“Devastating”,”monster hurricane”, “most catastrophic storm ever”, “apocalyptic storm”, “like a lawnmower from the sky”. Those are some of the words the media used to describe Hurricane Irma, the Category 4 storm passing over Miami as I write this. How do those words make you feel? Based on the mass exodus, gas shortages, long lines at the supermarket and violence over plywood and gas, I’m going to guess they make you feel panicked. It’s not your fault—those terms are designed to put you on alert.
Saying “the storm that, according to the models, may cause devastation in Florida” is not quite as attention grabbing as “the storm that swallows Florida in the latest forecast”. The former also doesn’t move us to take action, to prepare with the same urgency. I calmly traveled to Iowa two days before Hurricane Irma “made its way toward south Florida”. I changed my flight back to Miami and started preparing when Hurricane Irma became “the hurricane that will make Florida disappear from the map”.
Most people don’t think twice about the words they use when they communicate but word choice matters. Not only can it spur emotion like it was intended to do pre-storm, but it can also prevent miscommunication. (And, based on these ten examples, even seemingly small miscommunications can have massive consequences.) It is a tool that when properly used, can vastly improve the understanding of what you want to convey. And, if you take it one step further, can even get others to do what you want.
During my quarantine, I watched this George Carlin skit about saving the planet and was blown away by the effectiveness of his word choices in communicating his message. At one point he claims the human race will go extinct by referring to us as an “evolutionary cul-de-sac”. Let that visual sink in for a second. Isn’t it the perfect metaphor given the configuration of the tree of life? (In case you forgot your high school biology, I’ve included an example of a tree of life below.) It helped me really feel the finality that the end of our species would entail.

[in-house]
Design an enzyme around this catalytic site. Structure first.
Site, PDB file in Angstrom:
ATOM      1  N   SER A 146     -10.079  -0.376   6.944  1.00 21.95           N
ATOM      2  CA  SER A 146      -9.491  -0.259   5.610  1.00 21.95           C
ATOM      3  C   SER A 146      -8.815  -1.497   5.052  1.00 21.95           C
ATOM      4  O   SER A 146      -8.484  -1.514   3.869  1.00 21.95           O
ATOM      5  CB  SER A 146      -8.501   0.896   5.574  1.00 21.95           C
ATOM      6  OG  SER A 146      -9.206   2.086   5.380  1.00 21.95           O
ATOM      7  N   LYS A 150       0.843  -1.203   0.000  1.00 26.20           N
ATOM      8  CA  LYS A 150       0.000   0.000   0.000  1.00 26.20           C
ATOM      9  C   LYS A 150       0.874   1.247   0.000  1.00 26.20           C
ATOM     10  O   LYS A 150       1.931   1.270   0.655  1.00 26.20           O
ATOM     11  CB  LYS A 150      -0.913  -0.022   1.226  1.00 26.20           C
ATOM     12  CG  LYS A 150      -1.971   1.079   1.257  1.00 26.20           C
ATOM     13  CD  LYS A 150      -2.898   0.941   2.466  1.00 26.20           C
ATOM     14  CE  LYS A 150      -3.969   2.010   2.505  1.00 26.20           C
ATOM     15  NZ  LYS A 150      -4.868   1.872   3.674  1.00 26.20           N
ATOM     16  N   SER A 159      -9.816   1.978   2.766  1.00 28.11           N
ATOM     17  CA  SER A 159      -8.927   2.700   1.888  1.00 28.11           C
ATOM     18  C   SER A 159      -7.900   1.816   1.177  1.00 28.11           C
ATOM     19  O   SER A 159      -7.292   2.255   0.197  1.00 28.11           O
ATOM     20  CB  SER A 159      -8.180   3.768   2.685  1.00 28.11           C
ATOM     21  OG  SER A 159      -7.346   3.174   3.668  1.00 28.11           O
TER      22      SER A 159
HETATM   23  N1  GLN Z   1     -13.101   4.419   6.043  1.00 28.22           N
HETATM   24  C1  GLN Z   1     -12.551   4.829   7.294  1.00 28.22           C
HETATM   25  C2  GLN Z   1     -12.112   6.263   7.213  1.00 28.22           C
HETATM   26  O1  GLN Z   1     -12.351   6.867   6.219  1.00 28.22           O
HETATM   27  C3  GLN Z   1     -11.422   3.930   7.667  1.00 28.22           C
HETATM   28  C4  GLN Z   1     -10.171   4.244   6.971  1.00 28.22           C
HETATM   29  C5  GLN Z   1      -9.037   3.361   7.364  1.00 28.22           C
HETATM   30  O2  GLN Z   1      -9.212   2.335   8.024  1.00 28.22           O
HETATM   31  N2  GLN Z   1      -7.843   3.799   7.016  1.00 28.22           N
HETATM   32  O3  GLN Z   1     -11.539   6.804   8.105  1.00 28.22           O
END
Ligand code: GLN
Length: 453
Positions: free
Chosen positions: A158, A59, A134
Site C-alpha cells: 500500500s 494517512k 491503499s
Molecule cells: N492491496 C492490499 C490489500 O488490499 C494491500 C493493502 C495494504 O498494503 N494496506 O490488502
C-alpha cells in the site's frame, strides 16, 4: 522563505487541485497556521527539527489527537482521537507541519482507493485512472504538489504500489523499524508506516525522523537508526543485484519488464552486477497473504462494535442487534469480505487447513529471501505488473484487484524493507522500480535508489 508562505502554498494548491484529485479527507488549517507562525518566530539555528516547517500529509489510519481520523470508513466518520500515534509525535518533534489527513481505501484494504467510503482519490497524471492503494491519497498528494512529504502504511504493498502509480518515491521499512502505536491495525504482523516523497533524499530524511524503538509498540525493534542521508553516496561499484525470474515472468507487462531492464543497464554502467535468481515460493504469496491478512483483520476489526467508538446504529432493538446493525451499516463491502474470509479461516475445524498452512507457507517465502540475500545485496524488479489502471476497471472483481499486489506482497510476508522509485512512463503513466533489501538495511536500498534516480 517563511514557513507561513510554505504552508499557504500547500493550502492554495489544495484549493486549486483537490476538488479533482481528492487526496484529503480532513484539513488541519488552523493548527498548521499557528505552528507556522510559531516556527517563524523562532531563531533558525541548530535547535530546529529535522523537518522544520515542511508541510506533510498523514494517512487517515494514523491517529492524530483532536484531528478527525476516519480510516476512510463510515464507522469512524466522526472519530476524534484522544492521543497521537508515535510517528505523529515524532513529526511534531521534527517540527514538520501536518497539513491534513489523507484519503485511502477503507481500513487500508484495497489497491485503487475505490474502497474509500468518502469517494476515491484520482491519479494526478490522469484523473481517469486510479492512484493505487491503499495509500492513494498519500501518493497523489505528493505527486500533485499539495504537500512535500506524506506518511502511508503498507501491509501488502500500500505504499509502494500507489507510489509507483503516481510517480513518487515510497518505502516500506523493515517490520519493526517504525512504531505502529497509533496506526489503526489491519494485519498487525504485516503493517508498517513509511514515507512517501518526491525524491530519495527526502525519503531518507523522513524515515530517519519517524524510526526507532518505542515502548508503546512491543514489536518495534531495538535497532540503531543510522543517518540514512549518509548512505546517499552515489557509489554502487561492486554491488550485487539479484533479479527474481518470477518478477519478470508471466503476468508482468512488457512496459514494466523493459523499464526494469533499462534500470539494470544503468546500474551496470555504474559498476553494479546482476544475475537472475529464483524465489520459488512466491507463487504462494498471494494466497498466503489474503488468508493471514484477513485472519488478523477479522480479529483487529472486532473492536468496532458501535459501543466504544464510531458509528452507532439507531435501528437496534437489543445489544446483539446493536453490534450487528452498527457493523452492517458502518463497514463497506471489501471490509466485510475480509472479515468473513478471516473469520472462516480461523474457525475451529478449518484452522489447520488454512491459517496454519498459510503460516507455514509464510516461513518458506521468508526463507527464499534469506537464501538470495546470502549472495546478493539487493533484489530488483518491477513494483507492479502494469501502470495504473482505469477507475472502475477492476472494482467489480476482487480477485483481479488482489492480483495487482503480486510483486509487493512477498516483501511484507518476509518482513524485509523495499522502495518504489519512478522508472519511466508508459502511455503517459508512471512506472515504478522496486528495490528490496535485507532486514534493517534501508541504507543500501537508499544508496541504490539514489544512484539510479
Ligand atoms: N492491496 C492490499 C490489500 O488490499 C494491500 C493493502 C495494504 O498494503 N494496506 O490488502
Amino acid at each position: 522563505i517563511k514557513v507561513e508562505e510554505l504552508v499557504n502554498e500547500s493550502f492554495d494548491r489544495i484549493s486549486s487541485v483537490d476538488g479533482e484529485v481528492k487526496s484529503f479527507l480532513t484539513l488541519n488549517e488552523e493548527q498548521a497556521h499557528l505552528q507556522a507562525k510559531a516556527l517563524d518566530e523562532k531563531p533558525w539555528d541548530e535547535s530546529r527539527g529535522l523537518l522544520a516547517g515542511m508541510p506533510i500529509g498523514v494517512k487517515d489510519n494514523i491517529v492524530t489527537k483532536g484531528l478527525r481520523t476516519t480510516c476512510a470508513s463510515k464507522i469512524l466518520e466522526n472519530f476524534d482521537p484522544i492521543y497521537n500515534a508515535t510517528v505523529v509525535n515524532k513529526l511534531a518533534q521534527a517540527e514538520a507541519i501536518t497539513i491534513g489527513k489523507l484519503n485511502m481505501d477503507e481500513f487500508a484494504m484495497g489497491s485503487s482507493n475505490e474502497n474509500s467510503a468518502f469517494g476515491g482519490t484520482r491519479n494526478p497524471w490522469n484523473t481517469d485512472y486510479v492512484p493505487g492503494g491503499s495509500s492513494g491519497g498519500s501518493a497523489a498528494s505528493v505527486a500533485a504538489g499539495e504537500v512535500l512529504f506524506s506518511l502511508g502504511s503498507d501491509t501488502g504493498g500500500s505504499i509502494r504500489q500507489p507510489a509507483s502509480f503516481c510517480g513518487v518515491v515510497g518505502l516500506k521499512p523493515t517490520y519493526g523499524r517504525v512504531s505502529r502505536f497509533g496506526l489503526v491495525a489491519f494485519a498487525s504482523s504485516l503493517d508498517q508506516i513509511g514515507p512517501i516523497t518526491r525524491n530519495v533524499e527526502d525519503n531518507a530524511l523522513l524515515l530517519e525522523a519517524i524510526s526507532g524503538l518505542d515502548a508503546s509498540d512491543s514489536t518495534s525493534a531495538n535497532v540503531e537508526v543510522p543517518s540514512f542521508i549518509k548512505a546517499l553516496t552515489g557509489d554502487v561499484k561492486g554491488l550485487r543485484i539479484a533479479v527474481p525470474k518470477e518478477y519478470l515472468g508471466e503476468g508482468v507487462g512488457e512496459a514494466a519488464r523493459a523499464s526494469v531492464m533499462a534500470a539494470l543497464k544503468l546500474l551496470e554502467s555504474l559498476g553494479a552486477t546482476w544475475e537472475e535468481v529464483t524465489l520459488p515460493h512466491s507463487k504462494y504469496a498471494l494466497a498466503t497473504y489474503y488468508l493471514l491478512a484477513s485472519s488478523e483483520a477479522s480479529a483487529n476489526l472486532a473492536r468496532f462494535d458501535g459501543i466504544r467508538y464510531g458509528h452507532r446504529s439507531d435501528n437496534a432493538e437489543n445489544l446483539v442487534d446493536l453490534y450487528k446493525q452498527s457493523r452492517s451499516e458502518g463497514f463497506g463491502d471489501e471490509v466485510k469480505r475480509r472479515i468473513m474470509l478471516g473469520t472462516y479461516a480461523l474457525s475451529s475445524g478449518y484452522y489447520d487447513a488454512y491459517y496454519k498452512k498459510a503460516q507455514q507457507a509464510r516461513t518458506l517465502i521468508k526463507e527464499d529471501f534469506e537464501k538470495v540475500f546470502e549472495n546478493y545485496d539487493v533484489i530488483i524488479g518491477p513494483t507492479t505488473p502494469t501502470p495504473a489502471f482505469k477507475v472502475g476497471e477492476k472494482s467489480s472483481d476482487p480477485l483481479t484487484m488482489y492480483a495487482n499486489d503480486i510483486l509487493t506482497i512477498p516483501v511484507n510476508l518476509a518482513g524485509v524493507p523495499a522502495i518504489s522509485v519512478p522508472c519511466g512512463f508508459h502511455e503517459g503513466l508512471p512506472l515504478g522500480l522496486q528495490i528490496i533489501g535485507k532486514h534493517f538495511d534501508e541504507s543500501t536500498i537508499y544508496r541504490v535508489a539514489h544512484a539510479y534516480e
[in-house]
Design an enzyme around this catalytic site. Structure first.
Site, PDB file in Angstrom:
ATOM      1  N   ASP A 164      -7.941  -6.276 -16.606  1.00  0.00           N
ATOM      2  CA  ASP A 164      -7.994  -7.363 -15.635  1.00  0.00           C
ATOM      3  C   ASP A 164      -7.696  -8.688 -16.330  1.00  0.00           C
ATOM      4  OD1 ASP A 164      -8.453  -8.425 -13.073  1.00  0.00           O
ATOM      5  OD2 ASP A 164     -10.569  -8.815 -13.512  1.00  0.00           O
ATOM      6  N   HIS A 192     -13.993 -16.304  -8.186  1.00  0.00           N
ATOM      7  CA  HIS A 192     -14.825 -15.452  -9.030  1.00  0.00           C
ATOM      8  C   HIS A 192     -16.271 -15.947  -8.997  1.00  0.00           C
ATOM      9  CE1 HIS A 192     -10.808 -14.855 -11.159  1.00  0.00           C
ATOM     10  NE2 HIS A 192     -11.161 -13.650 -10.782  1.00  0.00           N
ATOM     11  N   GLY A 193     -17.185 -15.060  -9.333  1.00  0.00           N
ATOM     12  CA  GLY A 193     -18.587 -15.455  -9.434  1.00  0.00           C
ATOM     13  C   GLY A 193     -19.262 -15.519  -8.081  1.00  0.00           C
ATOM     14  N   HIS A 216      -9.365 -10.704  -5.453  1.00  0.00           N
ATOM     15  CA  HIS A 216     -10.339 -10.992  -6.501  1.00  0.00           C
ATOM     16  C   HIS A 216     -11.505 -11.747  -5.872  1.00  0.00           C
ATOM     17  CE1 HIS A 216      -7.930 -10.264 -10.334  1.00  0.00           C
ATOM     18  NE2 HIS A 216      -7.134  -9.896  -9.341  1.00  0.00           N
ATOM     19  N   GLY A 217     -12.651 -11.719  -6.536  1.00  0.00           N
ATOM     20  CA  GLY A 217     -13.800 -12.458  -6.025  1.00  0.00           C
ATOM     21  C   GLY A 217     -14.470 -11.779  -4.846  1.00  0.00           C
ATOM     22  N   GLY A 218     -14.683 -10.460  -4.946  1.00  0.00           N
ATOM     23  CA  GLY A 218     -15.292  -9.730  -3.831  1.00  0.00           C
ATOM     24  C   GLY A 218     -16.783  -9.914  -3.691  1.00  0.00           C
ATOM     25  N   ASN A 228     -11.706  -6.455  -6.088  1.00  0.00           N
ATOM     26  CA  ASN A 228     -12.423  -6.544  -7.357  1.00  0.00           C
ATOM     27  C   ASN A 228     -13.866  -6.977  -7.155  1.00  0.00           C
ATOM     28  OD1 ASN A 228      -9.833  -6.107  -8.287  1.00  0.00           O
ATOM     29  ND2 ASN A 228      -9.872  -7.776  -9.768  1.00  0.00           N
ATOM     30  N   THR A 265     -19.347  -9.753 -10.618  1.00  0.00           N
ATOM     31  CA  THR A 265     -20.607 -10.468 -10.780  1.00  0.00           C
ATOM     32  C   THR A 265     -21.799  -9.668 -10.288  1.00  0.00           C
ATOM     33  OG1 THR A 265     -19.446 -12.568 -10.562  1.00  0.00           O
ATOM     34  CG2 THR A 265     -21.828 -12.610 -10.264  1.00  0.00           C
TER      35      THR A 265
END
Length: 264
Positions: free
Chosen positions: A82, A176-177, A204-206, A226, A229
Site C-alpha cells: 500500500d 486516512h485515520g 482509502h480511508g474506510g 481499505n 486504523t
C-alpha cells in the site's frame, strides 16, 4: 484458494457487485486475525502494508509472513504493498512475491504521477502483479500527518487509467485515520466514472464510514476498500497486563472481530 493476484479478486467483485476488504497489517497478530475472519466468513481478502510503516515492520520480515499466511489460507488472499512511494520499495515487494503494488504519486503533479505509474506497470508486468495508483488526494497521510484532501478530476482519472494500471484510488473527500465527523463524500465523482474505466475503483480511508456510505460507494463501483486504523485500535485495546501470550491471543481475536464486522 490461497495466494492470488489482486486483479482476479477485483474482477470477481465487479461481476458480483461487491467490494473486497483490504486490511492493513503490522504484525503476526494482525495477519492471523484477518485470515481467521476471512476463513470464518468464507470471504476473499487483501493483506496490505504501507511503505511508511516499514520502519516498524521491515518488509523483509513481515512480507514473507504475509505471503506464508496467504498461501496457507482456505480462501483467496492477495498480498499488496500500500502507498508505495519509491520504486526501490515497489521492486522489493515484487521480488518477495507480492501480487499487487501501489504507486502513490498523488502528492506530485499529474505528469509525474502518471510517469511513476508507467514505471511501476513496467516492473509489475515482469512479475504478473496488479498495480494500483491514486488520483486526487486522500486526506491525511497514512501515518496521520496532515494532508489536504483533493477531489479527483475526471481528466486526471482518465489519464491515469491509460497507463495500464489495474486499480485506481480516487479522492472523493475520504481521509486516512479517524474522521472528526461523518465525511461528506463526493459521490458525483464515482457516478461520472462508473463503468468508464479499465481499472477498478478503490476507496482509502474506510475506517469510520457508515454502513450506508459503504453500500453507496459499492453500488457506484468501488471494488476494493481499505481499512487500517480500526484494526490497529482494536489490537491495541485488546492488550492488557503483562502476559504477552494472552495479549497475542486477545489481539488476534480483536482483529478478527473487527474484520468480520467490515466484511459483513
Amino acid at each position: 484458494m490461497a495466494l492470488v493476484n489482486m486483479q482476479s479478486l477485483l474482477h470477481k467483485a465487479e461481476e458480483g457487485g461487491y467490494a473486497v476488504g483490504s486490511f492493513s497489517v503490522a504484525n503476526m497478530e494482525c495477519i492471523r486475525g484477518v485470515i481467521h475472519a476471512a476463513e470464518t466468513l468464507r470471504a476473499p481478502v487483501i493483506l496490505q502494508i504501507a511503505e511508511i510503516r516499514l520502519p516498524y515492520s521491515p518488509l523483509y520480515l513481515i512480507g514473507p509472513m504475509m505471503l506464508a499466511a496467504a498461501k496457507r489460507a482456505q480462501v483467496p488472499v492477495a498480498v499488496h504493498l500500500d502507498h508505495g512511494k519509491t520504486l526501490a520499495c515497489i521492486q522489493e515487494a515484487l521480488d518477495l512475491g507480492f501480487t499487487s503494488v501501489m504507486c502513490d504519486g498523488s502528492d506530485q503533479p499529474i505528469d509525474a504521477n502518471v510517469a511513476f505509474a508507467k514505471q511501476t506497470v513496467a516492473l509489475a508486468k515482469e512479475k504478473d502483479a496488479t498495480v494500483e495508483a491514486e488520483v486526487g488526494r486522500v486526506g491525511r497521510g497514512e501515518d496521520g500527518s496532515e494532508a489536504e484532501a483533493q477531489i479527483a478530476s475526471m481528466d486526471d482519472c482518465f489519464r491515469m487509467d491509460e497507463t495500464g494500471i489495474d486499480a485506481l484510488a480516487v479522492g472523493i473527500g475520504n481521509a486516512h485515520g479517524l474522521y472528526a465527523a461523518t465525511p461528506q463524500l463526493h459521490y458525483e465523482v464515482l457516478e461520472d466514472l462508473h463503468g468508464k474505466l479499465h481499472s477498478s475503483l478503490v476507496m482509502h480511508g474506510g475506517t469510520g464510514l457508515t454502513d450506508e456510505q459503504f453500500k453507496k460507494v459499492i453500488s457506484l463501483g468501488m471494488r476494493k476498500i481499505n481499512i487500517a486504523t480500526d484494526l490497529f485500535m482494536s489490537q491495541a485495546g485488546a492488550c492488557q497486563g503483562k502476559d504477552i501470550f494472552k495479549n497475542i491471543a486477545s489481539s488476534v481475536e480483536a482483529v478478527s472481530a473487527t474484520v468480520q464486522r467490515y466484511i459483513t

This week pay extra attention to the words used by others when they talk to you. What were words and phrases others used that conveyed a clear, concise message? Which were ambiguous or confusing? The nuances you pick up when you’re on the listening end can help you be more effective when you’re on the communicating end.
Also, pay careful attention to the words you use when you talk to others. These 25 tips will help you make better choices. They’re intended for writers but are just as applicable for verbal communication—plus, the author’s examples of poor word choice are hilarious. In the end, I am confident you will find they’ll help you become a better communicator.
And now, for your quote of the day:
“Words are free. It’s how you use them that will cost you.” —Unknown